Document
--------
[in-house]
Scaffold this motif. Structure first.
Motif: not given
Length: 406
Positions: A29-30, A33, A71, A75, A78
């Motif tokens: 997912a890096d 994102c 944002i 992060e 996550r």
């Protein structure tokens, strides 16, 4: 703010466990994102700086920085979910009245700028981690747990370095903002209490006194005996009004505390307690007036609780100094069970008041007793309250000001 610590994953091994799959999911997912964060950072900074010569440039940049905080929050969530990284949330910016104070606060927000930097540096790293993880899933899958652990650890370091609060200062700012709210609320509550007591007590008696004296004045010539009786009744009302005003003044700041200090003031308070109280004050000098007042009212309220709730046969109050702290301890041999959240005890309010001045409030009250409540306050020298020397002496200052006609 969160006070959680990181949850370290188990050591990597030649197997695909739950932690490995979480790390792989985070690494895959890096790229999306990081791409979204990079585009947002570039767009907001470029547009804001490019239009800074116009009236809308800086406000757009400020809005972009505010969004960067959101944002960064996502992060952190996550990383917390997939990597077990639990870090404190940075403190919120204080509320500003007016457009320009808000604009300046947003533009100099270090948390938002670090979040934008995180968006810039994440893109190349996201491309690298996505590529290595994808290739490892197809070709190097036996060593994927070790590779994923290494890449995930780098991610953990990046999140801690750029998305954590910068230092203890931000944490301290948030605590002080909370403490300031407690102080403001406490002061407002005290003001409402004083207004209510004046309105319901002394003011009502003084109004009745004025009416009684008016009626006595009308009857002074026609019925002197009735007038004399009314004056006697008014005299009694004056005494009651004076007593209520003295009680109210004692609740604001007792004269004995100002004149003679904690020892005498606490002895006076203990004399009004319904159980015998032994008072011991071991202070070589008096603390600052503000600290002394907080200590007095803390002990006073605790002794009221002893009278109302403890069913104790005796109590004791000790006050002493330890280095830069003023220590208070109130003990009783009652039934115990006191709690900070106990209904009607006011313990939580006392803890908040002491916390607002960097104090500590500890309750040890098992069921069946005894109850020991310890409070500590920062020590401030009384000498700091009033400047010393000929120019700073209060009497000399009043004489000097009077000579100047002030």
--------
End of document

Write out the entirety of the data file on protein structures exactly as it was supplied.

[in-house]
Scaffold this motif. Structure first.
Motif: not given
Length: 406
Positions: A29-30, A33, A71, A75, A78
């Motif tokens: 997912a890096d 994102c 944002i 992060e 996550r």
């Protein structure tokens, strides 16, 4: 703010466990994102700086920085979910009245700028981690747990370095903002209490006194005996009004505390307690007036609780100094069970008041007793309250000001 610590994953091994799959999911997912964060950072900074010569440039940049905080929050969530990284949330910016104070606060927000930097540096790293993880899933899958652990650890370091609060200062700012709210609320509550007591007590008696004296004045010539009786009744009302005003003044700041200090003031308070109280004050000098007042009212309220709730046969109050702290301890041999959240005890309010001045409030009250409540306050020298020397002496200052006609 969160006070959680990181949850370290188990050591990597030649197997695909739950932690490995979480790390792989985070690494895959890096790229999306990081791409979204990079585009947002570039767009907001470029547009804001490019239009800074116009009236809308800086406000757009400020809005972009505010969004960067959101944002960064996502992060952190996550990383917390997939990597077990639990870090404190940075403190919120204080509320500003007016457009320009808000604009300046947003533009100099270090948390938002670090979040934008995180968006810039994440893109190349996201491309690298996505590529290595994808290739490892197809070709190097036996060593994927070790590779994923290494890449995930780098991610953990990046999140801690750029998305954590910068230092203890931000944490301290948030605590002080909370403490300031407690102080403001406490002061407002005290003001409402004083207004209510004046309105319901002394003011009502003084109004009745004025009416009684008016009626006595009308009857002074026609019925002197009735007038004399009314004056006697008014005299009694004056005494009651004076007593209520003295009680109210004692609740604001007792004269004995100002004149003679904690020892005498606490002895006076203990004399009004319904159980015998032994008072011991071991202070070589008096603390600052503000600290002394907080200590007095803390002990006073605790002794009221002893009278109302403890069913104790005796109590004791000790006050002493330890280095830069003023220590208070109130003990009783009652039934115990006191709690900070106990209904009607006011313990939580006392803890908040002491916390607002960097104090500590500890309750040890098992069921069946005894109850020991310890409070500590920062020590401030009384000498700091009033400047010393000929120019700073209060009497000399009043004489000097009077000579100047002030």